And Texas high school and community college graduates would have high-paying, rewarding jobs waiting for them.
Pauken, who serves with the Texas Workforce Commission, wants to bring back auto shop class to high schools — along with other vocational training. He wants students to be able to choose to focus on skilled trades, rather than be forced into a one-size-fits-all college preparatory curriculum.
He points out that “while those who manage to get a college degree are finding the job market difficult for them, there is a huge demand — and a significant shortfall in qualified applicants — for those with skills training as welders, electricians, pipefitters, nurses, machinists, etc.”
More than half of recent college grads can’t get a job in their chosen field.
When asked in a recent editorial board meeting what three pieces of legislation he would like to see to address the issue, Pauken said his first wish would be creating multiple pathways to high school graduation, including academic with an emphasis on math and science, academic with an emphasis on humanities and fine arts, or a career-oriented path that results in a license or credentials upon graduation.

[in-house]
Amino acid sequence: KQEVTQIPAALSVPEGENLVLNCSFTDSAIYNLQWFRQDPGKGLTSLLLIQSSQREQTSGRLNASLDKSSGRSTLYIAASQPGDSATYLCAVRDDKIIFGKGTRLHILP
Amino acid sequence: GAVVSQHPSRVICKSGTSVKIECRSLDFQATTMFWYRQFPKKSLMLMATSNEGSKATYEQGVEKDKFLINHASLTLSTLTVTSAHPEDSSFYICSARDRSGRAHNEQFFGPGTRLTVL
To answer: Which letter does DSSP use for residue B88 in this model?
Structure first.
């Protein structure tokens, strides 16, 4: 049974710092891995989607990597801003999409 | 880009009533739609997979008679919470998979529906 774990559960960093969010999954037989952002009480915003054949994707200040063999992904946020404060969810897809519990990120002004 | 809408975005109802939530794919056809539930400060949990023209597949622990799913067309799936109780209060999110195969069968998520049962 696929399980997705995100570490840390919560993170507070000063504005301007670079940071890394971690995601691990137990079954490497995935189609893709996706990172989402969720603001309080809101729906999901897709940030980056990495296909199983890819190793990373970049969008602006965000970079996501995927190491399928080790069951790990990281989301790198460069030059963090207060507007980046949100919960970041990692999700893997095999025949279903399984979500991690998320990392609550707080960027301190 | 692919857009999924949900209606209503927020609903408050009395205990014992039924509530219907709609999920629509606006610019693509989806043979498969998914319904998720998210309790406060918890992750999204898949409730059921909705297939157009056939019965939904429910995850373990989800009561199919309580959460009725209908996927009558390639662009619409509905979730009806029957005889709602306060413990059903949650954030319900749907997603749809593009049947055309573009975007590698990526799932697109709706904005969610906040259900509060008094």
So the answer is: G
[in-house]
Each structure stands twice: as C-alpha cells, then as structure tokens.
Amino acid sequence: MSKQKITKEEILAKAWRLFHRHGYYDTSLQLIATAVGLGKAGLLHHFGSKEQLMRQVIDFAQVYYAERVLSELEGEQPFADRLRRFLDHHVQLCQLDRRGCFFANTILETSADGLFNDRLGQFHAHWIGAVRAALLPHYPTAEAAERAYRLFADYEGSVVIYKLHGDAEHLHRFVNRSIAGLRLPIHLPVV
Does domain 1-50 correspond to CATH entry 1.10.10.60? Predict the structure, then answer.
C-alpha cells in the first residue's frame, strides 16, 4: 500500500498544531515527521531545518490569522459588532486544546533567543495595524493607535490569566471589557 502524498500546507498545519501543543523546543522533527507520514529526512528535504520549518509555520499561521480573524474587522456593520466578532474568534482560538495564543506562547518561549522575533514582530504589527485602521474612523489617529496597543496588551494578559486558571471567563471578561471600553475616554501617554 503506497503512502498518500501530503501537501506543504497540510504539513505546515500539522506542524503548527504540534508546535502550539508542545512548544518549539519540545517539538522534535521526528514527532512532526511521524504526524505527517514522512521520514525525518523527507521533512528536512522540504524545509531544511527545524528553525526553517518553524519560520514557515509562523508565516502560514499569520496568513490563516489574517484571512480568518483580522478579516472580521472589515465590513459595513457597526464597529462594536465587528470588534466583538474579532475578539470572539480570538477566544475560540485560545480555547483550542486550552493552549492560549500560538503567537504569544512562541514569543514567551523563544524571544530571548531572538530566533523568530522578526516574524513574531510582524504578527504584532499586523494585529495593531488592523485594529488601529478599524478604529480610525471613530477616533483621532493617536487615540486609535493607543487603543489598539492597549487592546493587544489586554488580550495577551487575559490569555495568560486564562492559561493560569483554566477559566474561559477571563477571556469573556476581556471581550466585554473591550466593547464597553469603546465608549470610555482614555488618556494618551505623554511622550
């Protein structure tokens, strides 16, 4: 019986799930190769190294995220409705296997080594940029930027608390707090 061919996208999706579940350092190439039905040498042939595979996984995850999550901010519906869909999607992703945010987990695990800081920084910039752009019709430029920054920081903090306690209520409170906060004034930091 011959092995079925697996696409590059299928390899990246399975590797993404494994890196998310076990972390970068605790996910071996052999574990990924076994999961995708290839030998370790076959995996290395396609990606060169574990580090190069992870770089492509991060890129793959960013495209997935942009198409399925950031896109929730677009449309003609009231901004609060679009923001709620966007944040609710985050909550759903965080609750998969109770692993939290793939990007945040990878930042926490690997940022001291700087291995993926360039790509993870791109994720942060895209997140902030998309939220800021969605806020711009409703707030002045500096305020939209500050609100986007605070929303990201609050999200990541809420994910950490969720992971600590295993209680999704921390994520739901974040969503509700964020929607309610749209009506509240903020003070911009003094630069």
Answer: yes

The other two pieces of legislation would be more emphasis on skills training at the community college level, offering associates degrees in specialized areas in high demands so students can get jobs; and to allow more dual-credit courses for students in career and technical education at the high school level.
Pauken said there needs to be more opportunities for high school students, whether they are interested in an academic, college-directed curriculum or a vocational/technical, career-driven curriculum.
“I think there’s a real prospect of significant legislation that would change the approach we’ve been traveling for more than a decade,” he said.
Pauken said he has worked with a broad coalition of people on the issue.
“We’re overdoing this high-stake standardized testing,” he said.
The Legislature will likely be focused on school finance when it convenes in January. And that’s important (Pauken, by the way, favors a broad-based consumption tax to help fund Texas public schools).
But we can’t ignore educational attainment. And skills training could very well be the best way to reduce dropouts, while at the same time providing real futures for many of our students.